Although Gainesville is technically located within the Bible Belt, Caldwell said she trusts that local theatergoers will embrace Hand to God. The production earned five Tony Award nominations, including one for Best New Play, when it played to sold-out houses on Broadway.
“Everyone will be forewarned about the substance of the play and the themes of it,” the director said. “You can’t be afraid. You can’t be an artist and base your work on trying to please everybody because what’s gonna happen is you’re gonna lose. It’s impossible to please everybody.”
Reich said she hopes audiences take away more from Hand to God than the foul language or content, which might or might not include a raucous sex scene between two consenting puppets.
“Everybody talks a lot about the adult language and content,” she said. “Aside from that, I personally see a lot of beauty in the piece and I hope that’s what audiences walk away with. I think the play says a lot about humanity. We’re all human beings. There’s that balance between good and bad. There’s energy and darkness in all of us and there’s light in all of us, and different things bring that out.”
Atkins refers to Hand to God as a “cautionary tale.” Her conflicted character Margery crosses moral and legal boundaries that may not be forgivable.
“It’s all about what not to do with your emotions, which is to bury them down and act like they’re not there because that’s always going to come back and bite you in the ass,” Atkins said. “When you’re hurting, it doesn’t mean you have to hurt other people.”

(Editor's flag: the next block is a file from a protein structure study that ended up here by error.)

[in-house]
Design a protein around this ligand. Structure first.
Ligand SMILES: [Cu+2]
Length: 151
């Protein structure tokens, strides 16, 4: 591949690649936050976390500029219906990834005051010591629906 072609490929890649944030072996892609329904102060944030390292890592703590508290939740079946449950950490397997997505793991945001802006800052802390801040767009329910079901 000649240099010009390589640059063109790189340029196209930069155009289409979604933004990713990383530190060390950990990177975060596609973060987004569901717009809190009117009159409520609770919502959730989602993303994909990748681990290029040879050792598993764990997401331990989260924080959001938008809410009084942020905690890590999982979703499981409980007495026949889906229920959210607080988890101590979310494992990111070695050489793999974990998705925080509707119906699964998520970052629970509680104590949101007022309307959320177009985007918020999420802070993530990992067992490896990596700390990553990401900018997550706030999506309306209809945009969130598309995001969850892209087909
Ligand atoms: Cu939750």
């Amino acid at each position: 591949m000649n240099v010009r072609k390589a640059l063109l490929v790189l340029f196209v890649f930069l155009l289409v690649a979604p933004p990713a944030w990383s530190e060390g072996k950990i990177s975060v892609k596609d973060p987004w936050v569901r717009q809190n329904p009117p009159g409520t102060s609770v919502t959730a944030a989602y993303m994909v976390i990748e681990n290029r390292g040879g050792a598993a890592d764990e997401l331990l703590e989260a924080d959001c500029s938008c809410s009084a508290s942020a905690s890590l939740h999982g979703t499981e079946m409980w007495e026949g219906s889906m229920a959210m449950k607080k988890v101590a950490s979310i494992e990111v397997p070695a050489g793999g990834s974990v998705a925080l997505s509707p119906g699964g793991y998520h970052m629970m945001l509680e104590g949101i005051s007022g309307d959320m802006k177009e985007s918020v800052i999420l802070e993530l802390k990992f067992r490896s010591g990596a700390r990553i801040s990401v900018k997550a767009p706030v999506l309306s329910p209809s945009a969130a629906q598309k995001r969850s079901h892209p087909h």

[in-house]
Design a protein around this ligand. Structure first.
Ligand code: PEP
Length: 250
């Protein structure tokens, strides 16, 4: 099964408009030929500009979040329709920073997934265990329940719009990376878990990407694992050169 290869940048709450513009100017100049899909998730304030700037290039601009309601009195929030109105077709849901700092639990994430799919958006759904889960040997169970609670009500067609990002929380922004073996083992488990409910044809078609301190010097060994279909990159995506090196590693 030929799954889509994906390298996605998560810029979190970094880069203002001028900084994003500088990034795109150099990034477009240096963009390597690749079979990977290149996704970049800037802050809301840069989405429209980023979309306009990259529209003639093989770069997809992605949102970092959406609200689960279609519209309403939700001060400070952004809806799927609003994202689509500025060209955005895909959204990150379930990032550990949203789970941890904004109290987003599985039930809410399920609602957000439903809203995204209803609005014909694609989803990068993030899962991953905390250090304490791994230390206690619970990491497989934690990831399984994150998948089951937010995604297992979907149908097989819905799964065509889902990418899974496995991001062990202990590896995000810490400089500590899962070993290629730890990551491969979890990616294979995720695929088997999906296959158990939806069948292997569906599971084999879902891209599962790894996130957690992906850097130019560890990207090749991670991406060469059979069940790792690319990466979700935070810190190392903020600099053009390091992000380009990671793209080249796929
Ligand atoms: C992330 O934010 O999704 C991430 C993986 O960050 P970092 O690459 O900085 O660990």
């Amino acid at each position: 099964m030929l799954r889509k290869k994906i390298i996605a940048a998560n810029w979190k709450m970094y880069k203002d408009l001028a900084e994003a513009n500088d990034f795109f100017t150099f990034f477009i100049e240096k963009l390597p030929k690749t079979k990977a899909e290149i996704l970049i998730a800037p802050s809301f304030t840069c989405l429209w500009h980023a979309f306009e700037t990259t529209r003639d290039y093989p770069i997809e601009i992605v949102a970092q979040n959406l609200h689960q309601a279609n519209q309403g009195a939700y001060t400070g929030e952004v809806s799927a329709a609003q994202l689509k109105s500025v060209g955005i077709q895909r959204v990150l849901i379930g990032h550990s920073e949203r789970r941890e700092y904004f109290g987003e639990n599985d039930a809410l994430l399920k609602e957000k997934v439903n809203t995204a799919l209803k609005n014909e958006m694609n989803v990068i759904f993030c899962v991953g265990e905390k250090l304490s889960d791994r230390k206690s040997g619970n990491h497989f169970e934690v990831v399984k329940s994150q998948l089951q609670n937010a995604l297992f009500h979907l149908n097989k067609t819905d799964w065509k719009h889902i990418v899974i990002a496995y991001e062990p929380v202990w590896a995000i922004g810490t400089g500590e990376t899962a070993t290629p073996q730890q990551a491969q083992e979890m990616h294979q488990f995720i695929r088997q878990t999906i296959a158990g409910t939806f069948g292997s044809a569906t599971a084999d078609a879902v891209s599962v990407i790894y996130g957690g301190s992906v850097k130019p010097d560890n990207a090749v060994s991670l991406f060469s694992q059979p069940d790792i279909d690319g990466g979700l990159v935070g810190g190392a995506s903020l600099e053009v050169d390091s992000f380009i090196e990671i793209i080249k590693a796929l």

Mitchell’s character attempts to be the moral compass of Hand to God, but even the well-intended pastor shows signs of weakness.
“As dark as this piece is, there’s also redemption in this piece,” Mitchell said. “One of the facets is forgiveness. You have to forgive others, you have to forgive yourself, and that can be a tough thing to do.”
Ryan George, who plays the emotionally distant Timmy, said he saw Hand to God when it was all the rage on Broadway. The New York-based actor said he can’t wait to see how Gainesville audiences respond to the production.
“When I saw it in New York, I was laughing so hard immediately!” he said. “The energy in New York is very different than the energy in a town in Florida or a town in Georgia. We are in the South, but these are people that almost everybody can relate to. I’m looking to be surprised about how people receive it.”
Caldwell said that Hand to God is the most produced show in regional theaters across the nation.
“The reviews were really and surely unanimously off the chart about how funny it is, about how unique it is,” she said. “It developed sort of a cult following. It was extremely popular.”
She said the Hippodrome was fortunate to find someone as talented as Kovach to play Jason and his alter-ego puppet, Tyrone.
“What he’s doing is not easy — finding the technique, first of all, manufacturing the life of the puppet, and not ever letting the puppet go ‘dead,'” she said.
Most impressive, she added, is the way Kovach finds his own voice as Jason versus Tyrone’s voice and all the switches involved.
“The play is like one of those roads going down the mountain in Colorado,” Caldwell said. “It’ll take you one place and then, boom!, it’ll turn you another way.”
George has some advice for anyone interested in seeing Hand to God.
“Come with no expectations,” he said. “Just come with an open mind.”
Reich quickly added: “With an open mind and an open heart.”
— Noel Leroux
Hand to God
25 SE 2nd Place
Gainesville, FL 32601
Box office: 352.375.4477
Eight performances a week through Feb. 5.